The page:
drone flying in sky Tom Gross.
GATHERING DATA: An unmanned aircraft flies over a tallgrass prescribed burn and gathers air quality data with attached sensors. By flying unmanned aircraft into the smoke above the fires, Kansas State University pilots can measure particles and ozone-causing chemicals.

Before the fire: Improving burn management with drones

The goal is to increase the effectiveness of the Kansas Flint Hills Smoke Management Plan.

Kansas State University researchers are part of a large collaborative project that is using unmanned aircraft to improve the Kansas Flint Hills Smoke Management Plan.

The three-year project is funded by the Kansas Department of Health and Environment, or KDHE, and involves university scientists; NASA scientists; unmanned aircraft systems pilots from the Kansas State University Polytechnic Campus; meteorologists; ranchers; and environmentalists. The research team members have varied backgrounds, but they all share a common goal: improve the environment and human health while balancing the livelihood of ranchers and farmers.

"We want to have our data be useful for keeping fire as a practice that is both ecologically acceptable and socially acceptable in the Great Plains," says Carol Baldwin, project leader and a K-State Research and Extension associate in the College of Agriculture.

The team is collaborating with a Flint Hills rancher to gather data during typical tallgrass prescribed burns. The researchers have attached sensors to unmanned aircraft to gather air quality information during a burn.

The information they gather is helping NASA verify satellite data products. It is also facilitating collaboration between KDHE and the Environmental Protection Agency to improve the Kansas Flint Hills Smoke Management Plan. The plan was implemented in 2011, and helps ranchers make decisions about the best days to burn without negatively affecting human health, particularly in metropolitan areas.

In the past, when the weather conditions were right, Flint Hills spring burning affected air quality in Wichita, Topeka, Kansas City and metropolitan areas in Nebraska and Oklahoma. The poor air quality is bad for people with asthma and other health problems. The challenge is that fire is needed to maintain the integrity of the tallgrass prairie landscape, Baldwin says.

Kansas State University.

DOING THE BURN: A rancher uses a drip torch to start a tallgrass prairie burn in the Kansas Flint Hills. A collaborative team involving Kansas State University researchers gathered air quality data during this burn. The researchers will use the data to better understand air quality emissions in prescribed burn smoke.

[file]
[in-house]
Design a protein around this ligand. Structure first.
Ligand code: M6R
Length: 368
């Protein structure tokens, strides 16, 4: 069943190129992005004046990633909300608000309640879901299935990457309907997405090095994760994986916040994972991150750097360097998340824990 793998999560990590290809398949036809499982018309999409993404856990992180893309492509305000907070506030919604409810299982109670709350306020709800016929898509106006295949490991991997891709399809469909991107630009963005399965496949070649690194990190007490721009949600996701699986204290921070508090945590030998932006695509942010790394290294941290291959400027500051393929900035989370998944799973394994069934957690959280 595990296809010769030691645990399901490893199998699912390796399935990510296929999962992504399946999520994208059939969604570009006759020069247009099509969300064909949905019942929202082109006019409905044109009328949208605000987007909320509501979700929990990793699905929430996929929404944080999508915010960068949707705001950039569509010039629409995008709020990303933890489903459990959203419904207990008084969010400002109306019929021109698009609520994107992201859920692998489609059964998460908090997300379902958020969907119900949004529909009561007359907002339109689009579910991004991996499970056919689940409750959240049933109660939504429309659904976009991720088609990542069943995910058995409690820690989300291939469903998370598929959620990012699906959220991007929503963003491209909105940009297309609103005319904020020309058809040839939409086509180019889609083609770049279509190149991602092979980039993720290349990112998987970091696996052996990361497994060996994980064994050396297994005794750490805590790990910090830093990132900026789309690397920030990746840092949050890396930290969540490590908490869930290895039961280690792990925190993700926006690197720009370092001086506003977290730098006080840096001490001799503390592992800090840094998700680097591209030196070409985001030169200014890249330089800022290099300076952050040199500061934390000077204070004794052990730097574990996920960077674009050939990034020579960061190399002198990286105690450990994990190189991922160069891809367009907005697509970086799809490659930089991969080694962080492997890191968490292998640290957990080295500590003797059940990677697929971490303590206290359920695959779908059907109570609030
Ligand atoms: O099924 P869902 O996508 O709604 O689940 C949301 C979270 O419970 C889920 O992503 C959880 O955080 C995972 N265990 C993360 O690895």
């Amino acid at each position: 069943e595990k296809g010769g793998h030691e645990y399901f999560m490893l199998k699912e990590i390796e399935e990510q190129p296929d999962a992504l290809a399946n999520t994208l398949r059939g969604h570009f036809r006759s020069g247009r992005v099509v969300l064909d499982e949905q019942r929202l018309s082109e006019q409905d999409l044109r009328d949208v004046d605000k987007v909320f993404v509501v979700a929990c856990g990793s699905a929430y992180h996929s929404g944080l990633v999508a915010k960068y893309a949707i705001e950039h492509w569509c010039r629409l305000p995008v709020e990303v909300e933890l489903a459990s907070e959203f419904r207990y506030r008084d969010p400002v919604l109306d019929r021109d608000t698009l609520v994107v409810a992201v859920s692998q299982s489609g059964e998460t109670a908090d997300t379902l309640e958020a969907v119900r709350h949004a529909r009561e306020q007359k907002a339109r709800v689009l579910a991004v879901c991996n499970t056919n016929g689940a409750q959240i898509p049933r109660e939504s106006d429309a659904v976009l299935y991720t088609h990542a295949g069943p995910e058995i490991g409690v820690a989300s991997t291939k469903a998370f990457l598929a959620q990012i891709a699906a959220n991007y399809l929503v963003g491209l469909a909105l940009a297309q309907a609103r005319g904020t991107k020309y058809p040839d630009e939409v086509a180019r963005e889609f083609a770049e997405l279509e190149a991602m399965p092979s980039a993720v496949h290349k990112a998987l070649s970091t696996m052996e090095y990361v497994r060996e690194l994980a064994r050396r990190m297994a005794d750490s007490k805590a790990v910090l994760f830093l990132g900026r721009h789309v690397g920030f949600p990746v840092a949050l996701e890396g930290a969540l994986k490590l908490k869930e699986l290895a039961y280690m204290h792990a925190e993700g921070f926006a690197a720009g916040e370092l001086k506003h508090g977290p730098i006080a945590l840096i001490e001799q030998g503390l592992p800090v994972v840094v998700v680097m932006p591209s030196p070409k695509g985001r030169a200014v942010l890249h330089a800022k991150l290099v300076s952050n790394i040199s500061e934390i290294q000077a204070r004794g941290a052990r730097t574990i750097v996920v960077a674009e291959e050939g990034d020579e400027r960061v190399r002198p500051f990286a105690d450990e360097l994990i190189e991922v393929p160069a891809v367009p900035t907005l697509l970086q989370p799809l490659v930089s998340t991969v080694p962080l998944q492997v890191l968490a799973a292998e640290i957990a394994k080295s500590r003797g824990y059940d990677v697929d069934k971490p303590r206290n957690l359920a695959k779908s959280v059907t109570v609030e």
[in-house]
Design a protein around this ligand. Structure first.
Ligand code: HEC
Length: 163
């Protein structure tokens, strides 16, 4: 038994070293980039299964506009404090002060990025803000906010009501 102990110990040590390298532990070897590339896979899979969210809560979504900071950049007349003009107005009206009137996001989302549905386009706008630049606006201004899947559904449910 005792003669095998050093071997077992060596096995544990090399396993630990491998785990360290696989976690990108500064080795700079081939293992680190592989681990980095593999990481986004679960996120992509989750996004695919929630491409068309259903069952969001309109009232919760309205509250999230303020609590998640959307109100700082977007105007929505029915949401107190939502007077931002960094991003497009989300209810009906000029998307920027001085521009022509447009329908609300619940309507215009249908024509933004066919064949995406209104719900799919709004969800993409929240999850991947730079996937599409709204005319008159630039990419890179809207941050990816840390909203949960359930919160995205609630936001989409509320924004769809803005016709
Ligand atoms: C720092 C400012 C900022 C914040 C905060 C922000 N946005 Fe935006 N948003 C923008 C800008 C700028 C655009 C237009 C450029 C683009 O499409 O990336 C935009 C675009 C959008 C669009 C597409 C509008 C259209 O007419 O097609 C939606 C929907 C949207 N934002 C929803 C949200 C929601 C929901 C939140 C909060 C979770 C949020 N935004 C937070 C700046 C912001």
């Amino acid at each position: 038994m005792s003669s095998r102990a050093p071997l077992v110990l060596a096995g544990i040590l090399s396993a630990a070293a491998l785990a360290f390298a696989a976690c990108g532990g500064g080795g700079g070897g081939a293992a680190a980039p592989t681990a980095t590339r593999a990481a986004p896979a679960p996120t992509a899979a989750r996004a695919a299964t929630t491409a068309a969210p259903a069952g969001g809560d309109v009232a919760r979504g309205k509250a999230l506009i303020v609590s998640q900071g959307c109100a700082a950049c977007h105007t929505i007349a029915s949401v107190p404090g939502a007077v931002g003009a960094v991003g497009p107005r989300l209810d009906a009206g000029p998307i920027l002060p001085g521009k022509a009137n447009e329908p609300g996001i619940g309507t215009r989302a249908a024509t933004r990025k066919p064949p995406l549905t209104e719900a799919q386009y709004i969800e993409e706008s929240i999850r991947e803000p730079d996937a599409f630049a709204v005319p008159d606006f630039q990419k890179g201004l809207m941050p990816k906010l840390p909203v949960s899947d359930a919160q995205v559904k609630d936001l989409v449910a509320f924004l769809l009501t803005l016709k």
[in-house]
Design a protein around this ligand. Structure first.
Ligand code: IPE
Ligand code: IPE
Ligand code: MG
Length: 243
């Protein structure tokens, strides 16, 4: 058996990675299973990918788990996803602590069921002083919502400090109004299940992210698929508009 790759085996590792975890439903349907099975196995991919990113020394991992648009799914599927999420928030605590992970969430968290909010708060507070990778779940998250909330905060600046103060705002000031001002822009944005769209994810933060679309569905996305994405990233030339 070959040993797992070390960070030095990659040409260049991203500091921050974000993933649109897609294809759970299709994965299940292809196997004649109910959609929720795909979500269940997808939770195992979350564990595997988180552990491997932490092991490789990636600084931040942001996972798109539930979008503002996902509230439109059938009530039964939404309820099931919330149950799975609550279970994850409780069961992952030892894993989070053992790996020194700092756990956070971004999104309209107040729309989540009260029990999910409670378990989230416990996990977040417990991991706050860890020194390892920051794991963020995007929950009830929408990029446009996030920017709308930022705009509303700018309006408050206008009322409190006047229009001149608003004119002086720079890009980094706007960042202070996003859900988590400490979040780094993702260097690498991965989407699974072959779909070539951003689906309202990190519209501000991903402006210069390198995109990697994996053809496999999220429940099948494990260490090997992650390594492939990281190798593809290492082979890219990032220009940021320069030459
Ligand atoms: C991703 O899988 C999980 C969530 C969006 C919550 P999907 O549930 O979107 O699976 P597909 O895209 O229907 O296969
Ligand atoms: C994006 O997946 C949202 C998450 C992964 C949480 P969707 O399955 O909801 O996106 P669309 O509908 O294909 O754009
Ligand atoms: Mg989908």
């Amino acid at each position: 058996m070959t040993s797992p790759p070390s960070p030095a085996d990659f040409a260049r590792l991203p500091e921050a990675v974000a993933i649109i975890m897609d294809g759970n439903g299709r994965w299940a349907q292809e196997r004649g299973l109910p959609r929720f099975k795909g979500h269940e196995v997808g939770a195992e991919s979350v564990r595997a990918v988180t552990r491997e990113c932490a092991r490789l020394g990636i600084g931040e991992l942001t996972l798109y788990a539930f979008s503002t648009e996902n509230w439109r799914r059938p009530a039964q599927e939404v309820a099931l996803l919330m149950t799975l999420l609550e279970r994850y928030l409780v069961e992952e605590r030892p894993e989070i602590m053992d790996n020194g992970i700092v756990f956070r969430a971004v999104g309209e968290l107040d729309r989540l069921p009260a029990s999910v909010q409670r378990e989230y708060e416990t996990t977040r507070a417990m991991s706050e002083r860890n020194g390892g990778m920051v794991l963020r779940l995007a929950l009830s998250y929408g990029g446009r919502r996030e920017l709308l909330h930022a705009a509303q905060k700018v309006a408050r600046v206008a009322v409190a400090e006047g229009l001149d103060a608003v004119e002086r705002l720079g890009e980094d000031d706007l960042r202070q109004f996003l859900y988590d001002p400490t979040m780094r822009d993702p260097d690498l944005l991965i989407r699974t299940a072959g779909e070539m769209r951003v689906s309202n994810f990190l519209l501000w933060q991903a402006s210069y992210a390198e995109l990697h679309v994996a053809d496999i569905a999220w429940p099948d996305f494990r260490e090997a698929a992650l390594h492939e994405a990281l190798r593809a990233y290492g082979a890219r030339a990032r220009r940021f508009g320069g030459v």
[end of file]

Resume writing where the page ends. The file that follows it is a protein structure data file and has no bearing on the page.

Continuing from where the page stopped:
"We need fire," says Baldwin, who is an expert in grassland range management. "If we take fire and grazing out of the ecosystem, we will not have prairies as we know them. We will end up with a scrubby woodland."

Current smoke management models, such as the Flint Hills plan, use data from fires in other parts of the U.S., not in the Great Plains, Baldwin says, and that's a problem. The university-led project wants to get more accurate fire data from the Great Plains region by working with real ranchers during a typical burn.

"It is our hope that ranchers in the Flint Hills will use these tools to plan their burns, so they do not impact air quality downwind from the fire," says Doug Watson, air monitoring and planning chief with the Kansas Department of Health and Environment. "At the same time, we want to educate the metropolitan areas about the importance of the Flint Hills ecosystem and the reasons why the ranchers burn to maintain that ecosystem."

Using unmanned aircraft
To test a prescribed burn, the researchers are working with Jane Koger, a Matfield Green rancher. Koger has allowed the researchers to collect data before, during and after the annual burns on her ranchland.

UAS pilots gather smoke emissions from a controlled burn by flying three unmanned aircraft into the smoke above the fires. The unmanned aircraft use continuous sensors and sample sensors to measure particles and ozone-causing chemicals, and they use thermal imaging to measure fire temperature. The continuous sensors use lasers to take measurements and send data, including particle concentration, ozone levels, temperature and humidity. The sample sensors have a small bag to gather and bring back air particulate samples that are analyzed for particulate matter, or PM, as well as nitrogen dioxide and volatile organic carbon, or VOC, levels.